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Why is Marvin like Family?
Marvin and Company, P.C. is excited to announce the promotion of seven employees and congratulates four employees for their recent anniversaries. All these staff members provide unique skills to our clients. They go above and beyond for their coworkers and clients and we could not be happier to have them on our team.
Tax identity theft is a serious issue for the IRS as fraudsters continue to find new ways to steal taxpayers’ Social Security numbers and other personal information to file false tax returns. According to a 2019 U.S. Government Accounting Office report, the IRS estimates it unwittingly paid at least $110 million in fraudulent tax refunds in 2017. The growing problem of tax identity theft affects both taxpayers and tax professionals who prepare returns for their clients.
To help fight fraudsters, the IRS created the Identity Protection PIN (IP PIN) to prevent fraudsters from obtaining a tax refund using a stolen Social Security number. It is a six-digit number that is similar to two-factor authentication to require two sources of identification and authorization to file a tax return. Initially, the IP PIN program was available only to professional tax preparers and victims of identity theft, but now the IRS is expanding the program to all taxpayers who apply for it.
This articles explains how the IRS is expanding its Identity PIN Program to all taxpayers to help eliminate tax refund fraud schemes.
Business owners who are trying to decide which legal entity is appropriate for their companies must factor in several tax considerations in light of the 2017 Tax Cuts and Jobs Act (TCJA), the 2020 Coronavirus Aid, Relief and Economic Securities (CARES) Act and the potential for new tax legislation in 2021.
This article advises business owners who are considering converting to a C corporation to factor in many considerations under both longstanding and recent tax law legislation.
With the Coronavirus Aid, Relief, and Economic Security (CARES) Act funding, many entities are receiving federal funding for the first time. The federal agencies distributing the funds have various terms and conditions related to the appropriate funds, and certain funds may be subject to audits by independent auditors.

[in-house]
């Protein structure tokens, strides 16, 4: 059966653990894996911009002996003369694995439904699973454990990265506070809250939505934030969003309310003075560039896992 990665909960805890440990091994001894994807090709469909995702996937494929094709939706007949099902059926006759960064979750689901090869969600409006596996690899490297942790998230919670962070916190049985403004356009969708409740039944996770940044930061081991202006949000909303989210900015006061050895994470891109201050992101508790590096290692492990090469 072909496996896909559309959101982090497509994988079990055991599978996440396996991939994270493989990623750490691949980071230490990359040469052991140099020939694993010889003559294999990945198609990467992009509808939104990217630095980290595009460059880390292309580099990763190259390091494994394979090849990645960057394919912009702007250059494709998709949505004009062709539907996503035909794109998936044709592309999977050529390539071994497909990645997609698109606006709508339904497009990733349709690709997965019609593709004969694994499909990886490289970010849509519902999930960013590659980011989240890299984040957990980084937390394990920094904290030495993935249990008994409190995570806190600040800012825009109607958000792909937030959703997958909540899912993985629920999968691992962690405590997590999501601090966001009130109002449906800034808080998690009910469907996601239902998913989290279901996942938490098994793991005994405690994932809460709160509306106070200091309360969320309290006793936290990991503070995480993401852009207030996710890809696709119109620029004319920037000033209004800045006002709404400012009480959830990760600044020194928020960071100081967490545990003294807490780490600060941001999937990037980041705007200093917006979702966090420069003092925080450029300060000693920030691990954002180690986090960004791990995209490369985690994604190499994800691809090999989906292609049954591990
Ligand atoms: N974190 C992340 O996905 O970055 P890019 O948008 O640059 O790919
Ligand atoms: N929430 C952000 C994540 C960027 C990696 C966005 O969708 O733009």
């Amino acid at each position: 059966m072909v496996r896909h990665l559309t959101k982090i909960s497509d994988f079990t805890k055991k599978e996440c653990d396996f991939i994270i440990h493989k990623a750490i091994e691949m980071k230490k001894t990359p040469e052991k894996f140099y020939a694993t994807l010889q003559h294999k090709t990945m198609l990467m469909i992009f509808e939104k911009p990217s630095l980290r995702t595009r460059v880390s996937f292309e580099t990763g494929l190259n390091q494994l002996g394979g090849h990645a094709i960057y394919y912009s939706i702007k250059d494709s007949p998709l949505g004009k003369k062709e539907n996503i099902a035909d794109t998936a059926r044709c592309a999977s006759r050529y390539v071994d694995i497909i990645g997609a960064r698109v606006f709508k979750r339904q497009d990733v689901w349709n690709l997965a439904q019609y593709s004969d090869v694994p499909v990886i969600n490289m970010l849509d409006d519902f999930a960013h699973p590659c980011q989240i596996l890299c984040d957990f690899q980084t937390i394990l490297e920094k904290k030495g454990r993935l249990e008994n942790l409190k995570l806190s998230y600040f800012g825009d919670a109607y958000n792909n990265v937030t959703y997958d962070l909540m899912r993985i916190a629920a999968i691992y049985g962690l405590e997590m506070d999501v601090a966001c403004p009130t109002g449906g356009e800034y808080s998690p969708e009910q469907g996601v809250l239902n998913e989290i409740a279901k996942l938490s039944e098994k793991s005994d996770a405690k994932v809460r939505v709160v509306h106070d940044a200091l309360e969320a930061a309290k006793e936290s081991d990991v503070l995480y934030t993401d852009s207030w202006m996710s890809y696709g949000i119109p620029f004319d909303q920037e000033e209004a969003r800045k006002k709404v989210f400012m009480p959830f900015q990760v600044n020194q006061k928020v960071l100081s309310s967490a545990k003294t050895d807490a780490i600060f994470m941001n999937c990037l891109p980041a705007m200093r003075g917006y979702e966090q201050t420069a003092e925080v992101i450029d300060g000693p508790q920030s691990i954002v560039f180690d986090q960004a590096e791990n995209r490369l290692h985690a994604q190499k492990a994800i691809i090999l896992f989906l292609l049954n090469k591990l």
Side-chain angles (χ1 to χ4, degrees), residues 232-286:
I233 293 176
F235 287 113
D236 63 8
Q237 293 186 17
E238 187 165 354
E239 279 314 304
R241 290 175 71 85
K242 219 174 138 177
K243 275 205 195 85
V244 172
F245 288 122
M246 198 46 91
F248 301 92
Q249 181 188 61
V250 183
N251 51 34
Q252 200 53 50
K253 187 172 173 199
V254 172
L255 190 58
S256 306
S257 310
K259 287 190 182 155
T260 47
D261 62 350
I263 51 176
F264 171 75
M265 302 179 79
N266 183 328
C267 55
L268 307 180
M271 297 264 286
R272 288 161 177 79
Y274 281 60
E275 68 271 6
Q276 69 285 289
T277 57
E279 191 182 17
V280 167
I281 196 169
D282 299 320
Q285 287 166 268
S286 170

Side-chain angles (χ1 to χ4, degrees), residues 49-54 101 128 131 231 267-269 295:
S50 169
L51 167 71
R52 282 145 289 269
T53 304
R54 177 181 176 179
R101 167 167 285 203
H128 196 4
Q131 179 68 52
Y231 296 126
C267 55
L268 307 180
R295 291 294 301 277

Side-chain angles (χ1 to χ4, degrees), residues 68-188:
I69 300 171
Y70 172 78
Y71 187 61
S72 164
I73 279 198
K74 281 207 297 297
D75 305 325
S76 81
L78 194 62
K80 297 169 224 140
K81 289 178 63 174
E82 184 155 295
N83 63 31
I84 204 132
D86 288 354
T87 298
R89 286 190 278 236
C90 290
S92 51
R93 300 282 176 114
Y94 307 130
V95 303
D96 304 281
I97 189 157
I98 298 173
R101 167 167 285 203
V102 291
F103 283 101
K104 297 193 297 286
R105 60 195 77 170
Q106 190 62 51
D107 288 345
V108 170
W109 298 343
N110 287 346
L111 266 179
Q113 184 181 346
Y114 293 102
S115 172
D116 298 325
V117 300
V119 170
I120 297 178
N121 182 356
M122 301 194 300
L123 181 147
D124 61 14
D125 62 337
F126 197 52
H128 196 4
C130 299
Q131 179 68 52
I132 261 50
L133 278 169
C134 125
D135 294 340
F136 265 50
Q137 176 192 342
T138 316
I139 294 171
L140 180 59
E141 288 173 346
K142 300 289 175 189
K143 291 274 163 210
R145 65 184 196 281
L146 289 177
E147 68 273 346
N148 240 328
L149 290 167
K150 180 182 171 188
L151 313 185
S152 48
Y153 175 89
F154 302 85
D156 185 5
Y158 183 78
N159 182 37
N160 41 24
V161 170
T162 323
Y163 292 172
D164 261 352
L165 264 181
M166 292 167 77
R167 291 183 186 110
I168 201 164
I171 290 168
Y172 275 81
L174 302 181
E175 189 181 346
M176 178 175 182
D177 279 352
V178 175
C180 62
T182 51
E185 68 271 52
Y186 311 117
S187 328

Reading through the copious articles and opinions on what this audit could entail, you may see terms such as Yellow Book Standards, Uniform Guidance or Single Audits, which may or may not be defined, as they are commonly known among entities that have historically received funding from governmental agencies.
This article will help define these concepts for entities new to federal funding.
Practitioners who perform single audits received some deadline relief along with important information needed to complete their engagements.
New guidance on single audits was issued on December 22, 2020 by the Office of Management and Budget (OMB) in the form of an addendum to the 2020 OMB Compliance Supplement.
This article advises how to move forward with the new guidance.
When planning your IRA withdrawal strategy, you may want to consider making charitable donations through a QCD.
This opportunity has been in play for a decade or so and was made a “permanent” provision in the tax laws under the PATH Act in 2015.
A QCD is a direct transfer of funds from your IRA custodian, payable to a qualified charity. QCDs can be counted toward satisfying your required minimum distributions (RMDs) for the year, as long as certain rules are met.
Only one thing about COVID seems certain: uncertainty. That has been more than adequately demonstrated since the pandemic erupted. It also seems that the virus will not go away anytime soon.
This article summarizes some of the specific effects the nonprofit sector is experiencing such as remote work environments, remote learning, absence of large gatherings, less travel and the like.
Do you have a lot of aging receivables? Assessing finance charges can speed up customer payments.
Have your customers been submitting payments later than usual these last several months? It wouldn’t be surprising. Many businesses are struggling to pay bills these days. Still, you need to get paid – and on time. Tardy receivables have a negative impact on your own cash flow.
We’ve discussed ways to encourage prompt payment in past columns. For example, you can start accepting credit/debit cards and direct bank transfers, make sure invoices go out immediately after a sale, or offer a premium like a small one-time discount for paying on time 12 months in a row to name a few.
You can also assess finance charges on remittances that come in after the due date. QuickBooks provides the tools to allow this. This article explains it all.
QuickBooks Online saves time and improves accounting accuracy in numerous ways. One example is its support for recurring transactions.
It’s easy to get distracted when you’re doing dull, repetitive accounting work. That distraction leads to errors sometimes. So, besides the time you’re spending on work that could be automated, you have to tack on additional time to chase down your mistakes.
QuickBooks Online already reduces repetitive data entry by saving your lists of customers, vendors, products, etc., and making them accessible when you’re creating transactions. But it does more to save time and minimize errors by allowing you to create recurring transactions. Enter a transaction like an invoice or bill once, and QuickBooks Online memorizes it for future use!
Here’s how it works.